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Shelley Dueck presents quilt to Michelle and Ted Swanson upon home dedication outsideShelley Dueck presents quilt to Michelle and Ted Swanson upon home dedication outside

“What brought us together was a disaster, a loss, a trauma, something we can never forget.”

With those words, Mark Rempel of the Mennonite Disaster Service (MDS) B.C. Unit began the first of four home dedications on September 10 at the home of Ted and Michelle Swanson in British Columbia’s Fraser Valley.

The event brought together MDS volunteers and staff, homeowners and representatives from organizations that contributed to MDS’s rebuilding efforts—the Abbotsford Community Foundation, The Adventurer Foundation (part of Fraserway RV) and Canadian Lutheran World Relief.

Also in attendance was a representative from the Abbotsford Chamber of Commerce.

They all had gathered to celebrate the completion of MDS’s work following last November’s devastating flood.

One of the most severe natural disasters to strike the province, the flood was triggered by a weather system that dumped a month’s worth of rain in the area in two days.

Rivers and creeks, unable to handle the volume of water, spilled their banks and swallowed up farms, businesses and homes in low-lying areas. About 20,000 people were forced to flee to higher ground.

MDS responded by providing 65 volunteers and financial support to repair six homes in the Fraser Valley.

Another 135 people served in Princeton, 215 kilometres east of Abbotsford, where 40 flooded homes were repaired.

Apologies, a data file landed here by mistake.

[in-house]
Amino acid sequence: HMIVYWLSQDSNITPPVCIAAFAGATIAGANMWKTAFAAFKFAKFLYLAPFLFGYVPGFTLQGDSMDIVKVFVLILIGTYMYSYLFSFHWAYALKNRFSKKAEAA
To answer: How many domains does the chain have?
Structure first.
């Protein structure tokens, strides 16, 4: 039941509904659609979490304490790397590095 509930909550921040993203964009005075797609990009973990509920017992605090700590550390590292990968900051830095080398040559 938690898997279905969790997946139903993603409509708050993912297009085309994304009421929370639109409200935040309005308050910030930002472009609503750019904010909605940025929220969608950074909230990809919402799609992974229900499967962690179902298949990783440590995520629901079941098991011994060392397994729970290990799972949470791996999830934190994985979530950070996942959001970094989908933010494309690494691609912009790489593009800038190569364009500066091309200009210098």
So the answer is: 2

In his remarks, Rempel noted it was a different model for MDS than usual in Abbotsford.

It was not a traditional MDS project, Rempel said.

“Unlike our usual projects, where people volunteer for a week, we had day volunteers,” he said.

“Often the day before we didn’t know how many were coming, or their skill level. But it all worked out.”

Rempel noted donations began to pour in right after the flood.

“The question was, ‘What can we do?’” he said. “We wanted to use the money responsibly, put them to the best use possible.”

“We believe that we show our love for God by loving others,”

— Ross Penner, Director of Canadian Operations

The goal with all the houses, Rempel said, was to “rebuild them to a standard as good or better than before.”

Fixing up the Swanson’s house posed some challenges. “But the right people with the right skills showed up at the right time,” he said.

Rempel praised the work of Shelley Dueck of Mennonite Central Committee B.C., who was seconded to MDS to be the project coordinator.

“It was a unique partnership with MCC,” he said, noting Dueck was also adept at painting and installing floors.

“It was a privilege to help, to come alongside people,” Dueck said, adding the quilt, like the work done by MDS volunteers, was “many little pieces and the product of many hands.”

In his comments, Ross Penner, Director of Canadian Operations, praised the work of the volunteers, calling them “the gold” of MDS, along with all who donated.

“We believe that we show our love for God by loving others,” he said. “That’s when we are living as we should be.”

Each dedication included the gift of a book of stories about the organization, its volunteers and the homeowners they served, and a handmade quilt—“a memento of hope,” as Dueck put it.

“We will forever be grateful for all the help,” said Ted. “We really appreciate it.”

The dedication was closed by Henry Warkentin, Chair of the MDS Canada board.

“The Bible is full of stories,” he said. Through MDS’s work in Abbotsford, “we have written some more.”

In addition to Ted and Michelle’s home, there were home dedications on September 10 at the homes of Sandy Faber, Al and Dorothy Balzer and Tom Johnstone.

MDS’s service in B.C. was also made possible by support from MCC B.C.

John Longhurst, MDS Canada Communications

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